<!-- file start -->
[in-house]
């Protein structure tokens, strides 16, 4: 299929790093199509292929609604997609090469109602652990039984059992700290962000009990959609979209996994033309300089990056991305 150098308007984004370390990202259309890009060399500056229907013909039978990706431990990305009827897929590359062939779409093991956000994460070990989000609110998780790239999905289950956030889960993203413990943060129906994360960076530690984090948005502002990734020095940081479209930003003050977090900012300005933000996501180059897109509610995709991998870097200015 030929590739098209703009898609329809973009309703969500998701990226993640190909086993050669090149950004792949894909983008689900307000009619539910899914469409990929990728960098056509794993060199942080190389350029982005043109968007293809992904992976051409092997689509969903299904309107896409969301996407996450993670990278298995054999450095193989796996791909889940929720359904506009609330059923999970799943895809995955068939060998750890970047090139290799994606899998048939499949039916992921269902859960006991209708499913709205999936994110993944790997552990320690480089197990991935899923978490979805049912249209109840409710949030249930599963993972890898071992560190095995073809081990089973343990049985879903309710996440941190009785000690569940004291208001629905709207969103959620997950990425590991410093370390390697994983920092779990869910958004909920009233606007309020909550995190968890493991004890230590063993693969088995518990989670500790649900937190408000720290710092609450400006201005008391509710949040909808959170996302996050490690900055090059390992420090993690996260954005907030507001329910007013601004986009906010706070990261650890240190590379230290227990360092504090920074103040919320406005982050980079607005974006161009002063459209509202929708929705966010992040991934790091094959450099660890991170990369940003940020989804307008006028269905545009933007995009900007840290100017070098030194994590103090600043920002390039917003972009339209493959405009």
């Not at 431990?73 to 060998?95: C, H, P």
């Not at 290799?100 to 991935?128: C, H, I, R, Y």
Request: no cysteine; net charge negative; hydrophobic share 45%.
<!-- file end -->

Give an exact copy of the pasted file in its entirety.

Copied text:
[in-house]
């Protein structure tokens, strides 16, 4: 299929790093199509292929609604997609090469109602652990039984059992700290962000009990959609979209996994033309300089990056991305 150098308007984004370390990202259309890009060399500056229907013909039978990706431990990305009827897929590359062939779409093991956000994460070990989000609110998780790239999905289950956030889960993203413990943060129906994360960076530690984090948005502002990734020095940081479209930003003050977090900012300005933000996501180059897109509610995709991998870097200015 030929590739098209703009898609329809973009309703969500998701990226993640190909086993050669090149950004792949894909983008689900307000009619539910899914469409990929990728960098056509794993060199942080190389350029982005043109968007293809992904992976051409092997689509969903299904309107896409969301996407996450993670990278298995054999450095193989796996791909889940929720359904506009609330059923999970799943895809995955068939060998750890970047090139290799994606899998048939499949039916992921269902859960006991209708499913709205999936994110993944790997552990320690480089197990991935899923978490979805049912249209109840409710949030249930599963993972890898071992560190095995073809081990089973343990049985879903309710996440941190009785000690569940004291208001629905709207969103959620997950990425590991410093370390390697994983920092779990869910958004909920009233606007309020909550995190968890493991004890230590063993693969088995518990989670500790649900937190408000720290710092609450400006201005008391509710949040909808959170996302996050490690900055090059390992420090993690996260954005907030507001329910007013601004986009906010706070990261650890240190590379230290227990360092504090920074103040919320406005982050980079607005974006161009002063459209509202929708929705966010992040991934790091094959450099660890991170990369940003940020989804307008006028269905545009933007995009900007840290100017070098030194994590103090600043920002390039917003972009339209493959405009």
């Not at 431990?73 to 060998?95: C, H, P």
């Not at 290799?100 to 991935?128: C, H, I, R, Y």
Request: no cysteine; net charge negative; hydrophobic share 45%.